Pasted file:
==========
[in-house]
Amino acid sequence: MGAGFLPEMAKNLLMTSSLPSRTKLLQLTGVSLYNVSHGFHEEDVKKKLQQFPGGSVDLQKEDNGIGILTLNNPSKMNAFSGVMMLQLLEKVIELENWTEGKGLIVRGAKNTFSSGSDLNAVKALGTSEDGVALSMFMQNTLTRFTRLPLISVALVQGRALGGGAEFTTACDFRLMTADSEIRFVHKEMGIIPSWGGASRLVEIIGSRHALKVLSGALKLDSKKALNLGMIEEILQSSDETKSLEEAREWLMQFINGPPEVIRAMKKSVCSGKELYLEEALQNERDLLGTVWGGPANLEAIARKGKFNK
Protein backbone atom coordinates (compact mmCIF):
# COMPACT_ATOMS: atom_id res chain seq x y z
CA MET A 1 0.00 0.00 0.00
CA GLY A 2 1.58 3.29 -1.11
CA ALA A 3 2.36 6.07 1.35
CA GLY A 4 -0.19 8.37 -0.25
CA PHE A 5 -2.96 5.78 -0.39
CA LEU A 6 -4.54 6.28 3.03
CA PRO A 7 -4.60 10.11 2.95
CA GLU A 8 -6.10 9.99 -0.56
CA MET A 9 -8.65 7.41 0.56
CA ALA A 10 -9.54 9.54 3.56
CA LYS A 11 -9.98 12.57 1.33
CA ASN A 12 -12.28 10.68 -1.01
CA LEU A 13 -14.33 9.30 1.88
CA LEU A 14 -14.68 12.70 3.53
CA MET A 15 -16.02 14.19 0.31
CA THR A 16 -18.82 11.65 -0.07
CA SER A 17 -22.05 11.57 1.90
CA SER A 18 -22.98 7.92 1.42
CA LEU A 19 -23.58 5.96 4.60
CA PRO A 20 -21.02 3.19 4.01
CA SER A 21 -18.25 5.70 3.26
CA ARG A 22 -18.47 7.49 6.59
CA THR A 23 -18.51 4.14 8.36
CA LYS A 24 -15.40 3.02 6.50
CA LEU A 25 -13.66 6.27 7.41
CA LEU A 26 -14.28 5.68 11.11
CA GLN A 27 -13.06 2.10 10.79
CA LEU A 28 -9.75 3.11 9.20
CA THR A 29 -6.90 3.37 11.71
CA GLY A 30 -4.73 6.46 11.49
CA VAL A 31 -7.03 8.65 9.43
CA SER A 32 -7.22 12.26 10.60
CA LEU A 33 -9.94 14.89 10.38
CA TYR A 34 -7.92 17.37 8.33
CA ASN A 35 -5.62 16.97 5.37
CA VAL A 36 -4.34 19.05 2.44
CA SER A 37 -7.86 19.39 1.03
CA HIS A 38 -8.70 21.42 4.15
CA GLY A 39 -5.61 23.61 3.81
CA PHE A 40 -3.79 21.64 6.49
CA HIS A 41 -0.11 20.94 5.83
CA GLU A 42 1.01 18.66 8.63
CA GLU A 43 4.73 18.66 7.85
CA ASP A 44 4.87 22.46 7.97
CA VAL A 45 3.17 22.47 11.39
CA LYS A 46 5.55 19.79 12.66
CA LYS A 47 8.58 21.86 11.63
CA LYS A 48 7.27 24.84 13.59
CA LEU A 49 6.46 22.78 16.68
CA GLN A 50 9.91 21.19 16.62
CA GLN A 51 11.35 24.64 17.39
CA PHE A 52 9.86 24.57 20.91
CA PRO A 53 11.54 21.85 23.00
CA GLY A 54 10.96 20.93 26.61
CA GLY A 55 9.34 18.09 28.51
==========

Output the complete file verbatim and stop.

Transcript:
[in-house]
Amino acid sequence: MGAGFLPEMAKNLLMTSSLPSRTKLLQLTGVSLYNVSHGFHEEDVKKKLQQFPGGSVDLQKEDNGIGILTLNNPSKMNAFSGVMMLQLLEKVIELENWTEGKGLIVRGAKNTFSSGSDLNAVKALGTSEDGVALSMFMQNTLTRFTRLPLISVALVQGRALGGGAEFTTACDFRLMTADSEIRFVHKEMGIIPSWGGASRLVEIIGSRHALKVLSGALKLDSKKALNLGMIEEILQSSDETKSLEEAREWLMQFINGPPEVIRAMKKSVCSGKELYLEEALQNERDLLGTVWGGPANLEAIARKGKFNK
Protein backbone atom coordinates (compact mmCIF):
# COMPACT_ATOMS: atom_id res chain seq x y z
CA MET A 1 0.00 0.00 0.00
CA GLY A 2 1.58 3.29 -1.11
CA ALA A 3 2.36 6.07 1.35
CA GLY A 4 -0.19 8.37 -0.25
CA PHE A 5 -2.96 5.78 -0.39
CA LEU A 6 -4.54 6.28 3.03
CA PRO A 7 -4.60 10.11 2.95
CA GLU A 8 -6.10 9.99 -0.56
CA MET A 9 -8.65 7.41 0.56
CA ALA A 10 -9.54 9.54 3.56
CA LYS A 11 -9.98 12.57 1.33
CA ASN A 12 -12.28 10.68 -1.01
CA LEU A 13 -14.33 9.30 1.88
CA LEU A 14 -14.68 12.70 3.53
CA MET A 15 -16.02 14.19 0.31
CA THR A 16 -18.82 11.65 -0.07
CA SER A 17 -22.05 11.57 1.90
CA SER A 18 -22.98 7.92 1.42
CA LEU A 19 -23.58 5.96 4.60
CA PRO A 20 -21.02 3.19 4.01
CA SER A 21 -18.25 5.70 3.26
CA ARG A 22 -18.47 7.49 6.59
CA THR A 23 -18.51 4.14 8.36
CA LYS A 24 -15.40 3.02 6.50
CA LEU A 25 -13.66 6.27 7.41
CA LEU A 26 -14.28 5.68 11.11
CA GLN A 27 -13.06 2.10 10.79
CA LEU A 28 -9.75 3.11 9.20
CA THR A 29 -6.90 3.37 11.71
CA GLY A 30 -4.73 6.46 11.49
CA VAL A 31 -7.03 8.65 9.43
CA SER A 32 -7.22 12.26 10.60
CA LEU A 33 -9.94 14.89 10.38
CA TYR A 34 -7.92 17.37 8.33
CA ASN A 35 -5.62 16.97 5.37
CA VAL A 36 -4.34 19.05 2.44
CA SER A 37 -7.86 19.39 1.03
CA HIS A 38 -8.70 21.42 4.15
CA GLY A 39 -5.61 23.61 3.81
CA PHE A 40 -3.79 21.64 6.49
CA HIS A 41 -0.11 20.94 5.83
CA GLU A 42 1.01 18.66 8.63
CA GLU A 43 4.73 18.66 7.85
CA ASP A 44 4.87 22.46 7.97
CA VAL A 45 3.17 22.47 11.39
CA LYS A 46 5.55 19.79 12.66
CA LYS A 47 8.58 21.86 11.63
CA LYS A 48 7.27 24.84 13.59
CA LEU A 49 6.46 22.78 16.68
CA GLN A 50 9.91 21.19 16.62
CA GLN A 51 11.35 24.64 17.39
CA PHE A 52 9.86 24.57 20.91
CA PRO A 53 11.54 21.85 23.00
CA GLY A 54 10.96 20.93 26.61
CA GLY A 55 9.34 18.09 28.51